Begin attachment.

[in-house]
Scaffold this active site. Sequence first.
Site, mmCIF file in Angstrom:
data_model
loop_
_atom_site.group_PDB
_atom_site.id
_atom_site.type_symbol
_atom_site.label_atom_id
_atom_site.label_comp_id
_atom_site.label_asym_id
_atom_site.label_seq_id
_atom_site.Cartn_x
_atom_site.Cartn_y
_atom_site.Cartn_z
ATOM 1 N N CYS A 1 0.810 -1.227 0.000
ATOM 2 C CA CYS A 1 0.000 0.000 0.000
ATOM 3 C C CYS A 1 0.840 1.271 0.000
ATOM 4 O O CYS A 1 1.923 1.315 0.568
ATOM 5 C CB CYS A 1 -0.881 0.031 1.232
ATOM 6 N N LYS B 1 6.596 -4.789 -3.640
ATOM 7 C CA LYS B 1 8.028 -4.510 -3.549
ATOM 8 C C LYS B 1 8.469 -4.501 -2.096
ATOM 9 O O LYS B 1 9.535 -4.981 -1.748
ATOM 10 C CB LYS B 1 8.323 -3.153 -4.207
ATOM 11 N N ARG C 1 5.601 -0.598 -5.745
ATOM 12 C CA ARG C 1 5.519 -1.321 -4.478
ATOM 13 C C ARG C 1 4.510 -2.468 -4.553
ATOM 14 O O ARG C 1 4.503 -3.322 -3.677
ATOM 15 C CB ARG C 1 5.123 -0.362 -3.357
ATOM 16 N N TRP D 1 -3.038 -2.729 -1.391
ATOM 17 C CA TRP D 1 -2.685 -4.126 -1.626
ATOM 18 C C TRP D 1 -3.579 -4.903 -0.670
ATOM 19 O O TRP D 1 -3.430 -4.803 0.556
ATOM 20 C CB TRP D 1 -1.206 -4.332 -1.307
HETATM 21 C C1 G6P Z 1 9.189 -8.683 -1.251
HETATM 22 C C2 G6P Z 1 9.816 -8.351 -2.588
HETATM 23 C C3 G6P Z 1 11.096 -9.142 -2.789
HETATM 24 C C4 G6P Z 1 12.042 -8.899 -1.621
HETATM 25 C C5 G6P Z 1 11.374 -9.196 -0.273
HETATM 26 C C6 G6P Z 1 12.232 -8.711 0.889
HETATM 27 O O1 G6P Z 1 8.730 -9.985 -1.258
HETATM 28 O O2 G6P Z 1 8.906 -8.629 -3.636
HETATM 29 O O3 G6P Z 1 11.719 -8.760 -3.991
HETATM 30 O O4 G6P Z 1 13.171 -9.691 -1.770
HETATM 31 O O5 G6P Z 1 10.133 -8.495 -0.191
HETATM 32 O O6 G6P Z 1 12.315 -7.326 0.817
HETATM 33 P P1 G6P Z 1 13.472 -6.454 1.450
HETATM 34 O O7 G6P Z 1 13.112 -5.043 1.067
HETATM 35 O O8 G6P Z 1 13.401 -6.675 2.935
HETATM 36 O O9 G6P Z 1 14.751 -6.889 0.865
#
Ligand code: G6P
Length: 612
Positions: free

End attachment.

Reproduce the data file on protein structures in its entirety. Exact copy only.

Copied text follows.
[in-house]
Scaffold this active site. Sequence first.
Site, mmCIF file in Angstrom:
data_model
loop_
_atom_site.group_PDB
_atom_site.id
_atom_site.type_symbol
_atom_site.label_atom_id
_atom_site.label_comp_id
_atom_site.label_asym_id
_atom_site.label_seq_id
_atom_site.Cartn_x
_atom_site.Cartn_y
_atom_site.Cartn_z
ATOM 1 N N CYS A 1 0.810 -1.227 0.000
ATOM 2 C CA CYS A 1 0.000 0.000 0.000
ATOM 3 C C CYS A 1 0.840 1.271 0.000
ATOM 4 O O CYS A 1 1.923 1.315 0.568
ATOM 5 C CB CYS A 1 -0.881 0.031 1.232
ATOM 6 N N LYS B 1 6.596 -4.789 -3.640
ATOM 7 C CA LYS B 1 8.028 -4.510 -3.549
ATOM 8 C C LYS B 1 8.469 -4.501 -2.096
ATOM 9 O O LYS B 1 9.535 -4.981 -1.748
ATOM 10 C CB LYS B 1 8.323 -3.153 -4.207
ATOM 11 N N ARG C 1 5.601 -0.598 -5.745
ATOM 12 C CA ARG C 1 5.519 -1.321 -4.478
ATOM 13 C C ARG C 1 4.510 -2.468 -4.553
ATOM 14 O O ARG C 1 4.503 -3.322 -3.677
ATOM 15 C CB ARG C 1 5.123 -0.362 -3.357
ATOM 16 N N TRP D 1 -3.038 -2.729 -1.391
ATOM 17 C CA TRP D 1 -2.685 -4.126 -1.626
ATOM 18 C C TRP D 1 -3.579 -4.903 -0.670
ATOM 19 O O TRP D 1 -3.430 -4.803 0.556
ATOM 20 C CB TRP D 1 -1.206 -4.332 -1.307
HETATM 21 C C1 G6P Z 1 9.189 -8.683 -1.251
HETATM 22 C C2 G6P Z 1 9.816 -8.351 -2.588
HETATM 23 C C3 G6P Z 1 11.096 -9.142 -2.789
HETATM 24 C C4 G6P Z 1 12.042 -8.899 -1.621
HETATM 25 C C5 G6P Z 1 11.374 -9.196 -0.273
HETATM 26 C C6 G6P Z 1 12.232 -8.711 0.889
HETATM 27 O O1 G6P Z 1 8.730 -9.985 -1.258
HETATM 28 O O2 G6P Z 1 8.906 -8.629 -3.636
HETATM 29 O O3 G6P Z 1 11.719 -8.760 -3.991
HETATM 30 O O4 G6P Z 1 13.171 -9.691 -1.770
HETATM 31 O O5 G6P Z 1 10.133 -8.495 -0.191
HETATM 32 O O6 G6P Z 1 12.315 -7.326 0.817
HETATM 33 P P1 G6P Z 1 13.472 -6.454 1.450
HETATM 34 O O7 G6P Z 1 13.112 -5.043 1.067
HETATM 35 O O8 G6P Z 1 13.401 -6.675 2.935
HETATM 36 O O9 G6P Z 1 14.751 -6.889 0.865
#
Ligand code: G6P
Length: 612
Positions: free